We’re a data-driven organization, and I attribute much of our success to the data we track, the conclusions we can draw from it, and subsequent improvements we’re able to make to our business. I recommend tracking every single data point you can. Inevitably, much of what you learn will surprise you.
What is one failure you had as an entrepreneur, and how did you overcome it?
None of our initial attempts at traditional marketing worked. In fact, it took more than a year of trying out different methods to finally identify the best way to structure relationships with schools in order to effectively generate leads and business. Once we finally figured that out, our business took off. If you iterate enough, something will work.
What is one business idea that you’re willing to give away to our readers?
A company should consider upgrading its brand’s image every time a potential consumer can no longer differentiate your product and its quality or value from that of your competitors. This requires constant monitoring of your own brand’s reputation, and comparing and contrasting your brand with that of others.
If you could change one thing in the world, what would it be and how would you go about it?
I’d like to help make better education available to more people at a fraction of the price it currently costs. There is an incredible discrepancy in education between cost and value, particularly in for-profit colleges. I believe that open educational platforms, like the one that MIT is pursuing, are a great step in the direction of making better education available for everyone.
Tell us a secret.
I really like exploring different craft beers. O’Fallon Brewery has a beer called the Five Day IPA I love.
What are your three favorite online tools or resources and what do you love about them?
Google Apps, Dropbox, and Skype are my favorite tools. They make it possible to operate a virtual company effectively.
What is the one book that you recommend our community should read and why?
I highly recommend any of Ayn Rand’s novels. Not only is her writing incredibly engaging, but the stories remind the reader of the power of capitalism and all the good it can do.
Three people we should follow on Twitter and why?
I follow about 50 to 100 venture capital and technology leaders who I find interesting. I don’t follow any one person too much. There’s too much different information out there to focus on what any one person has to say.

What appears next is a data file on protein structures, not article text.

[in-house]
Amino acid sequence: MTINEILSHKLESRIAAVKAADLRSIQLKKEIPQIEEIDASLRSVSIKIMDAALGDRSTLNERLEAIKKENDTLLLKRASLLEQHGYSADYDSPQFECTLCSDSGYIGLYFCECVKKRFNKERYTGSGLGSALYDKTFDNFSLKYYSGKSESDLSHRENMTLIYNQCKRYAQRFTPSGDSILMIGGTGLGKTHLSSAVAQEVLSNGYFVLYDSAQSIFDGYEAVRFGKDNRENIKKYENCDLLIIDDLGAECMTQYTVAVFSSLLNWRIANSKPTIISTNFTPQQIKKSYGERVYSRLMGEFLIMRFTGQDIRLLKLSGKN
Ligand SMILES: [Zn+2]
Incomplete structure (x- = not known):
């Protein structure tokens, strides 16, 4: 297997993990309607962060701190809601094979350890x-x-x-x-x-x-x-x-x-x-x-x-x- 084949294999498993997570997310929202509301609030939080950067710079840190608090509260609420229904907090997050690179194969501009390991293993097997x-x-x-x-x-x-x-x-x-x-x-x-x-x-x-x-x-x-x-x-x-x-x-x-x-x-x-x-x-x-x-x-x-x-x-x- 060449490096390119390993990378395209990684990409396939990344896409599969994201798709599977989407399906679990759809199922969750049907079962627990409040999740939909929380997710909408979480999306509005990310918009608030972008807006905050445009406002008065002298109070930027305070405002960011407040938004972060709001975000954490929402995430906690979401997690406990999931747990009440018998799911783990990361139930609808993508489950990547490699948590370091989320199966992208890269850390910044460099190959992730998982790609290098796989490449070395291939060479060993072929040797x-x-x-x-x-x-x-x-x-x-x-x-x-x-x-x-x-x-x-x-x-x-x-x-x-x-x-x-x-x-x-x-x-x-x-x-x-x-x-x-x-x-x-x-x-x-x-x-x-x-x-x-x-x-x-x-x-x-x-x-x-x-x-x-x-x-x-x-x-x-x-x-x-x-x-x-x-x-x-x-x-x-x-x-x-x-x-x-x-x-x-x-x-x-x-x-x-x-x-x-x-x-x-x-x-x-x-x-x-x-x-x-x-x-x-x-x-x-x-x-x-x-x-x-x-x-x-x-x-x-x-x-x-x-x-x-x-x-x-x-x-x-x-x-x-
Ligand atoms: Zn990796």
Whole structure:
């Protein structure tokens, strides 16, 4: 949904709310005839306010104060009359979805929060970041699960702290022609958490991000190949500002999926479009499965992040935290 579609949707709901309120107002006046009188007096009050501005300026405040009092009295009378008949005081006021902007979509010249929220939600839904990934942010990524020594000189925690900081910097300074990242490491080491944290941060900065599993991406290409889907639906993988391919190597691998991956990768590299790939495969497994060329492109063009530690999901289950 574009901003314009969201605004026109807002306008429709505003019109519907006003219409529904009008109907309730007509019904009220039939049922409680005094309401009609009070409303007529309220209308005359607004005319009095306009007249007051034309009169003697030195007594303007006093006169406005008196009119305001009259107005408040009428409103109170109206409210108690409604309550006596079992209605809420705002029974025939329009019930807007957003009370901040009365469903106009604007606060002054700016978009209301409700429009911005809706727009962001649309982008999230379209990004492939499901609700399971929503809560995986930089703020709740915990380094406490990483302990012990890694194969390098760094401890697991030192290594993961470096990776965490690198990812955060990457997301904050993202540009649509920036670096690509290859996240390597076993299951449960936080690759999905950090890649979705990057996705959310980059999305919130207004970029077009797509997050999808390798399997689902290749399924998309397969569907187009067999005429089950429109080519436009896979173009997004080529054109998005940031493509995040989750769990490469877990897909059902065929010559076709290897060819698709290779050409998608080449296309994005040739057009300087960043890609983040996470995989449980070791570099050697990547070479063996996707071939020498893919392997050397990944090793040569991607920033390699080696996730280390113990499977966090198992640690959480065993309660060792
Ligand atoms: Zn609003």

When was the last time you laughed out loud? What caused it?
Every Samsung Galaxy S3 commercial in which they make fun of Apple has made me laugh. It’s funny that Samsung is doing to Apple exactly what Apple did to Microsoft with their “PC vs. Apple” commercials.
Who is your hero?
Any “super entrepreneur” like Elon Musk, Peter Thiel, or Richard Branson. They’re motivated by a constant urge to improve big problems they experience.
What’s your office like?
I’m lucky enough to work from home, so I’ve somewhat regressed to my college days. There are usually stacks of paper all over the room, and I’m blasting mash-ups (hip hop mixed over rock) most of the day.
What Sports do you like?
More than anything, I am a die-hard St. Louis Cardinals fan and was ecstatic by their championship win last year and exciting post-season this year (I was floored that they blew a three-game lead in the NCLS). I also love college football. I played football in high school with current Buffalo Bills safety Jairus Byrd. When he played for the University of Oregon, I became a huge Ducks fan. It’s easy to be an Oregon fan when they’re putting up 60 points a game.
Chuck Cohn on LinkedIn: www.linkedin.com/in/charlescohn
Mario Schulzke is the Founder of ideamensch, which he started a decade ago to learn from entrepreneurs and give them a platform for their ideas.